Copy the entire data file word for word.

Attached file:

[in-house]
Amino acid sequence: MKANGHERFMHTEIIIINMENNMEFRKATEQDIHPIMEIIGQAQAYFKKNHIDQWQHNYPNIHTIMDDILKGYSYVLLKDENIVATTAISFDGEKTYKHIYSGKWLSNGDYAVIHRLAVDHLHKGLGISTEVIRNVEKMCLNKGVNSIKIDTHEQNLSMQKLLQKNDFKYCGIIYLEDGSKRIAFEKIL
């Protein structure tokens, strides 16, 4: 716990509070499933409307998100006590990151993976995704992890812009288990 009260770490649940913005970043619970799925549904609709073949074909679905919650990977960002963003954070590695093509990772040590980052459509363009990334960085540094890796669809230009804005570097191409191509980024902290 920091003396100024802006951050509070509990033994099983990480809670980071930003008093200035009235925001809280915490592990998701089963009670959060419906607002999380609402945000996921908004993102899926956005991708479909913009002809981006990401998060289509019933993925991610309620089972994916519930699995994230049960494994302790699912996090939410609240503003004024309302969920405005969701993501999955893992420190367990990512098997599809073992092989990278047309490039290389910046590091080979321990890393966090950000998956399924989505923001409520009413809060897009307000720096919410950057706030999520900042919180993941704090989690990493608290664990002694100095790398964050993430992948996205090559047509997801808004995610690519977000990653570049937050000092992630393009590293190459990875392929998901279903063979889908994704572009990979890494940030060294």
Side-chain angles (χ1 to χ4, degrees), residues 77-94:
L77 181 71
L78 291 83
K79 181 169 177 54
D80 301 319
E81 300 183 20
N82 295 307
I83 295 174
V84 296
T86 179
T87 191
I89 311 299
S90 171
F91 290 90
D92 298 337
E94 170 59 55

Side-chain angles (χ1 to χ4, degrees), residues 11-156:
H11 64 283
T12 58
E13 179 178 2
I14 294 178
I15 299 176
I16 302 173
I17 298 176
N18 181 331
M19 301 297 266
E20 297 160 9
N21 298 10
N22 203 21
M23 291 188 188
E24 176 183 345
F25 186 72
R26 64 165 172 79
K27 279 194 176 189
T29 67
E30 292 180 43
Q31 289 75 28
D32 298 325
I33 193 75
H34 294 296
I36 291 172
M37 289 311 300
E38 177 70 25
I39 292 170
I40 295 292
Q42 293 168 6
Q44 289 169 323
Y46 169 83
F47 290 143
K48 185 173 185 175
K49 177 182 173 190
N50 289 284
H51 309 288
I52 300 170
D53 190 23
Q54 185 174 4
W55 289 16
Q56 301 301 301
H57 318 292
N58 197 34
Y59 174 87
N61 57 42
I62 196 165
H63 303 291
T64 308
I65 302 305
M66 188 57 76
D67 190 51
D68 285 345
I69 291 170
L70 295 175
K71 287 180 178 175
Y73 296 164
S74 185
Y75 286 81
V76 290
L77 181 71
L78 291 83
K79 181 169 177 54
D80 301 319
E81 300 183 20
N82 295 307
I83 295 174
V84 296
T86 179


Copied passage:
[in-house]
Amino acid sequence: MKANGHERFMHTEIIIINMENNMEFRKATEQDIHPIMEIIGQAQAYFKKNHIDQWQHNYPNIHTIMDDILKGYSYVLLKDENIVATTAISFDGEKTYKHIYSGKWLSNGDYAVIHRLAVDHLHKGLGISTEVIRNVEKMCLNKGVNSIKIDTHEQNLSMQKLLQKNDFKYCGIIYLEDGSKRIAFEKIL
């Protein structure tokens, strides 16, 4: 716990509070499933409307998100006590990151993976995704992890812009288990 009260770490649940913005970043619970799925549904609709073949074909679905919650990977960002963003954070590695093509990772040590980052459509363009990334960085540094890796669809230009804005570097191409191509980024902290 920091003396100024802006951050509070509990033994099983990480809670980071930003008093200035009235925001809280915490592990998701089963009670959060419906607002999380609402945000996921908004993102899926956005991708479909913009002809981006990401998060289509019933993925991610309620089972994916519930699995994230049960494994302790699912996090939410609240503003004024309302969920405005969701993501999955893992420190367990990512098997599809073992092989990278047309490039290389910046590091080979321990890393966090950000998956399924989505923001409520009413809060897009307000720096919410950057706030999520900042919180993941704090989690990493608290664990002694100095790398964050993430992948996205090559047509997801808004995610690519977000990653570049937050000092992630393009590293190459990875392929998901279903063979889908994704572009990979890494940030060294």
Side-chain angles (χ1 to χ4, degrees), residues 77-94:
L77 181 71
L78 291 83
K79 181 169 177 54
D80 301 319
E81 300 183 20
N82 295 307
I83 295 174
V84 296
T86 179
T87 191
I89 311 299
S90 171
F91 290 90
D92 298 337
E94 170 59 55

Side-chain angles (χ1 to χ4, degrees), residues 11-156:
H11 64 283
T12 58
E13 179 178 2
I14 294 178
I15 299 176
I16 302 173
I17 298 176
N18 181 331
M19 301 297 266
E20 297 160 9
N21 298 10
N22 203 21
M23 291 188 188
E24 176 183 345
F25 186 72
R26 64 165 172 79
K27 279 194 176 189
T29 67
E30 292 180 43
Q31 289 75 28
D32 298 325
I33 193 75
H34 294 296
I36 291 172
M37 289 311 300
E38 177 70 25
I39 292 170
I40 295 292
Q42 293 168 6
Q44 289 169 323
Y46 169 83
F47 290 143
K48 185 173 185 175
K49 177 182 173 190
N50 289 284
H51 309 288
I52 300 170
D53 190 23
Q54 185 174 4
W55 289 16
Q56 301 301 301
H57 318 292
N58 197 34
Y59 174 87
N61 57 42
I62 196 165
H63 303 291
T64 308
I65 302 305
M66 188 57 76
D67 190 51
D68 285 345
I69 291 170
L70 295 175
K71 287 180 178 175
Y73 296 164
S74 185
Y75 286 81
V76 290
L77 181 71
L78 291 83
K79 181 169 177 54
D80 301 319
E81 300 183 20
N82 295 307
I83 295 174
V84 296
T86 179